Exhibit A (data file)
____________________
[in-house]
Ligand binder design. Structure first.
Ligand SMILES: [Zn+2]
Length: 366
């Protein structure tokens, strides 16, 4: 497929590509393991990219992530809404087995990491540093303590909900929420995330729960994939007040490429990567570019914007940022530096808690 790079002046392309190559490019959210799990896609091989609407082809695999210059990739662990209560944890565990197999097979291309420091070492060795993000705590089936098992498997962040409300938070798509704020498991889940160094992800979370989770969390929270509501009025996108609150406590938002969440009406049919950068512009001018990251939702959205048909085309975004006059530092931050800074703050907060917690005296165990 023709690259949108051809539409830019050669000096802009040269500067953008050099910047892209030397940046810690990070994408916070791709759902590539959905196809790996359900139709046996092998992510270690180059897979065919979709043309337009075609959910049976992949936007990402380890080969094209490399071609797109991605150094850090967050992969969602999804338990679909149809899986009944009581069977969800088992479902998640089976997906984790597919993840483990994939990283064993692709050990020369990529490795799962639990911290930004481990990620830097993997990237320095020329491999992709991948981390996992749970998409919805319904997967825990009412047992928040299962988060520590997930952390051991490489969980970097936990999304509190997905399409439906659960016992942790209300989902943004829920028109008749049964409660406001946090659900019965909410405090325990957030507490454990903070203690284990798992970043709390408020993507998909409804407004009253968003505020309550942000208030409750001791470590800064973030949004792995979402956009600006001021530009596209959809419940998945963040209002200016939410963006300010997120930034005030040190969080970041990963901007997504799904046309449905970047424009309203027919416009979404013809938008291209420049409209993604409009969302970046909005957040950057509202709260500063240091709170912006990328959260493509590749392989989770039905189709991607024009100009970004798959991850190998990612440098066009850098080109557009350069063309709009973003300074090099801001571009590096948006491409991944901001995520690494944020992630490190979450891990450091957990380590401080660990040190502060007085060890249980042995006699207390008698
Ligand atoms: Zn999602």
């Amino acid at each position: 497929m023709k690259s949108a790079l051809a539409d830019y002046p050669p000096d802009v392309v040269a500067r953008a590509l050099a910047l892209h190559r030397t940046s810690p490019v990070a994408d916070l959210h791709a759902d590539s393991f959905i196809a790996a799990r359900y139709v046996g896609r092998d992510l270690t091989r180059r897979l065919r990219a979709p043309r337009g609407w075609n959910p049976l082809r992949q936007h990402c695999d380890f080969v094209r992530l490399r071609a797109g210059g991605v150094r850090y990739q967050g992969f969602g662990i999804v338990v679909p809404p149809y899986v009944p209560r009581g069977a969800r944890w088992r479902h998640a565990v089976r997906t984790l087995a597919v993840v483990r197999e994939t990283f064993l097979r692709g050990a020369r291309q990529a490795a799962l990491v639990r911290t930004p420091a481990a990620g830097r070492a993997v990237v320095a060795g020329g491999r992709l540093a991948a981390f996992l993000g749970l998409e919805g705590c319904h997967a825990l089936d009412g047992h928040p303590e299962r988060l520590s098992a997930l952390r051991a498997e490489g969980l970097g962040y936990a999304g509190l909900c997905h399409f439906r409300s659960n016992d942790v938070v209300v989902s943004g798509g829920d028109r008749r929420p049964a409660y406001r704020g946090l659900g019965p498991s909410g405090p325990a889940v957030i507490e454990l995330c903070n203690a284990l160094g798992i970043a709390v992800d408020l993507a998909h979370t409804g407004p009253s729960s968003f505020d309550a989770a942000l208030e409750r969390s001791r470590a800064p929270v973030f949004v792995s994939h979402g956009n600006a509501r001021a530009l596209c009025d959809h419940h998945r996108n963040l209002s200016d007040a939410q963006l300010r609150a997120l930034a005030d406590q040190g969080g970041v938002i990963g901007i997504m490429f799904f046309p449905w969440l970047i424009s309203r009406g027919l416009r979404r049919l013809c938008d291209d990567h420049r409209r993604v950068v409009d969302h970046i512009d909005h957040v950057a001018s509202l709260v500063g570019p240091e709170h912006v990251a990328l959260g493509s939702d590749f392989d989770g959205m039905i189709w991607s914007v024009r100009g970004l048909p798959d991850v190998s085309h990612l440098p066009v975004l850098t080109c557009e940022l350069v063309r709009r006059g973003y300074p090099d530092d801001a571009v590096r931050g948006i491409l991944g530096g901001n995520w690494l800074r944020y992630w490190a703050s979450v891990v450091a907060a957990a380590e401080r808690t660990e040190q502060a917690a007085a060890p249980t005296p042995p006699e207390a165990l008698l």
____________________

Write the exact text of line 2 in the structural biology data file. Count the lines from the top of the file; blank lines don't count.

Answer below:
Ligand binder design. Structure first.